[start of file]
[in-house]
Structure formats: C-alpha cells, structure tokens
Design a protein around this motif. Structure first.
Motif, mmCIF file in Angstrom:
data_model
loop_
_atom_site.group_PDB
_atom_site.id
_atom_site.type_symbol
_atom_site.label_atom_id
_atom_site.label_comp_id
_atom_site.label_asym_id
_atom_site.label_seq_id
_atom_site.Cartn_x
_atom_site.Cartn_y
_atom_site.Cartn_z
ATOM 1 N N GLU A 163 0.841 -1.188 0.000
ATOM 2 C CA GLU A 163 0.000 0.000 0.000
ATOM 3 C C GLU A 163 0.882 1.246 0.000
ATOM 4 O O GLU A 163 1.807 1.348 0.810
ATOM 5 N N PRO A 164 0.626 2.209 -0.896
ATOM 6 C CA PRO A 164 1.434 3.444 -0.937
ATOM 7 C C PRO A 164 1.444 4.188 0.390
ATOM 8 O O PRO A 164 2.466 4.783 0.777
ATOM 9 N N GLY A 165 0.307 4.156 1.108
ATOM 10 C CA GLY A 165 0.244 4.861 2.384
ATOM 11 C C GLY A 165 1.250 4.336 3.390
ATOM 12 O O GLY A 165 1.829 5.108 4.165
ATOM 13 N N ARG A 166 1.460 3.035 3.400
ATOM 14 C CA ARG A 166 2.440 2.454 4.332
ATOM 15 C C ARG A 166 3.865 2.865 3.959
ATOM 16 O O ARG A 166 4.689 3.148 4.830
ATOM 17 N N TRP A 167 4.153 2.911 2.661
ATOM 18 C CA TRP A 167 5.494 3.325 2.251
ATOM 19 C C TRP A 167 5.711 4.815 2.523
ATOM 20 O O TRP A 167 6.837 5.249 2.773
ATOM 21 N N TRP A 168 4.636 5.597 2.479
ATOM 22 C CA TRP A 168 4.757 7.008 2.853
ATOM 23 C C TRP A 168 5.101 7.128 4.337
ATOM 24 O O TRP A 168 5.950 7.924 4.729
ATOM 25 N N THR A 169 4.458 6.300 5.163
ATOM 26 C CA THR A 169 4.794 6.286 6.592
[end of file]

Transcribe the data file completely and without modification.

[in-house]
Structure formats: C-alpha cells, structure tokens
Design a protein around this motif. Structure first.
Motif, mmCIF file in Angstrom:
data_model
loop_
_atom_site.group_PDB
_atom_site.id
_atom_site.type_symbol
_atom_site.label_atom_id
_atom_site.label_comp_id
_atom_site.label_asym_id
_atom_site.label_seq_id
_atom_site.Cartn_x
_atom_site.Cartn_y
_atom_site.Cartn_z
ATOM 1 N N GLU A 163 0.841 -1.188 0.000
ATOM 2 C CA GLU A 163 0.000 0.000 0.000
ATOM 3 C C GLU A 163 0.882 1.246 0.000
ATOM 4 O O GLU A 163 1.807 1.348 0.810
ATOM 5 N N PRO A 164 0.626 2.209 -0.896
ATOM 6 C CA PRO A 164 1.434 3.444 -0.937
ATOM 7 C C PRO A 164 1.444 4.188 0.390
ATOM 8 O O PRO A 164 2.466 4.783 0.777
ATOM 9 N N GLY A 165 0.307 4.156 1.108
ATOM 10 C CA GLY A 165 0.244 4.861 2.384
ATOM 11 C C GLY A 165 1.250 4.336 3.390
ATOM 12 O O GLY A 165 1.829 5.108 4.165
ATOM 13 N N ARG A 166 1.460 3.035 3.400
ATOM 14 C CA ARG A 166 2.440 2.454 4.332
ATOM 15 C C ARG A 166 3.865 2.865 3.959
ATOM 16 O O ARG A 166 4.689 3.148 4.830
ATOM 17 N N TRP A 167 4.153 2.911 2.661
ATOM 18 C CA TRP A 167 5.494 3.325 2.251
ATOM 19 C C TRP A 167 5.711 4.815 2.523
ATOM 20 O O TRP A 167 6.837 5.249 2.773
ATOM 21 N N TRP A 168 4.636 5.597 2.479
ATOM 22 C CA TRP A 168 4.757 7.008 2.853
ATOM 23 C C TRP A 168 5.101 7.128 4.337
ATOM 24 O O TRP A 168 5.950 7.924 4.729
ATOM 25 N N THR A 169 4.458 6.300 5.163
ATOM 26 C CA THR A 169 4.794 6.286 6.592